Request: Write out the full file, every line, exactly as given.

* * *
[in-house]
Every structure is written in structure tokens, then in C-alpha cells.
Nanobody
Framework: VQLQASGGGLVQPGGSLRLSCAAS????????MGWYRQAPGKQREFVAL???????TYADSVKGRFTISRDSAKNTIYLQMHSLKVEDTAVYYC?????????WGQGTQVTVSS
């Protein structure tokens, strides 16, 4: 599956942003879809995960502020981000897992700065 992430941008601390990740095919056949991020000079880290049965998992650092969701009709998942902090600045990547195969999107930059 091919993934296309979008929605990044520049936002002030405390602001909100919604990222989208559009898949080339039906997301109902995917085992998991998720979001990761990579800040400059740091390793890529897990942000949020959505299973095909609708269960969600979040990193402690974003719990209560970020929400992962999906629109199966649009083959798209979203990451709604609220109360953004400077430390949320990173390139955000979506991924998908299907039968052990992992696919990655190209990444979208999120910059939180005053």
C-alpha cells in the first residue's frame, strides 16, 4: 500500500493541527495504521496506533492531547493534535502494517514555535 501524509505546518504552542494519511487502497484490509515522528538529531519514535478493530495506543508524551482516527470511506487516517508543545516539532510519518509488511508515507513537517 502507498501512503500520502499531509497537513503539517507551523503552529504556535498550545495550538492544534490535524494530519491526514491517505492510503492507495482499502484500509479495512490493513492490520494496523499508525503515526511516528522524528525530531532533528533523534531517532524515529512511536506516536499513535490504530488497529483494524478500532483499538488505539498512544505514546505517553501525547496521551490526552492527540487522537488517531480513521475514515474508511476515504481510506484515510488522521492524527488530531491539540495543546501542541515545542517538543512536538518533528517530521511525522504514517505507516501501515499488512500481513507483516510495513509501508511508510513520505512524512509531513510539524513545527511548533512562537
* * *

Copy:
[in-house]
Every structure is written in structure tokens, then in C-alpha cells.
Nanobody
Framework: VQLQASGGGLVQPGGSLRLSCAAS????????MGWYRQAPGKQREFVAL???????TYADSVKGRFTISRDSAKNTIYLQMHSLKVEDTAVYYC?????????WGQGTQVTVSS
């Protein structure tokens, strides 16, 4: 599956942003879809995960502020981000897992700065 992430941008601390990740095919056949991020000079880290049965998992650092969701009709998942902090600045990547195969999107930059 091919993934296309979008929605990044520049936002002030405390602001909100919604990222989208559009898949080339039906997301109902995917085992998991998720979001990761990579800040400059740091390793890529897990942000949020959505299973095909609708269960969600979040990193402690974003719990209560970020929400992962999906629109199966649009083959798209979203990451709604609220109360953004400077430390949320990173390139955000979506991924998908299907039968052990992992696919990655190209990444979208999120910059939180005053």
C-alpha cells in the first residue's frame, strides 16, 4: 500500500493541527495504521496506533492531547493534535502494517514555535 501524509505546518504552542494519511487502497484490509515522528538529531519514535478493530495506543508524551482516527470511506487516517508543545516539532510519518509488511508515507513537517 502507498501512503500520502499531509497537513503539517507551523503552529504556535498550545495550538492544534490535524494530519491526514491517505492510503492507495482499502484500509479495512490493513492490520494496523499508525503515526511516528522524528525530531532533528533523534531517532524515529512511536506516536499513535490504530488497529483494524478500532483499538488505539498512544505514546505517553501525547496521551490526552492527540487522537488517531480513521475514515474508511476515504481510506484515510488522521492524527488530531491539540495543546501542541515545542517538543512536538518533528517530521511525522504514517505507516501501515499488512500481513507483516510495513509501508511508510513520505512524512509531513510539524513545527511548533512562537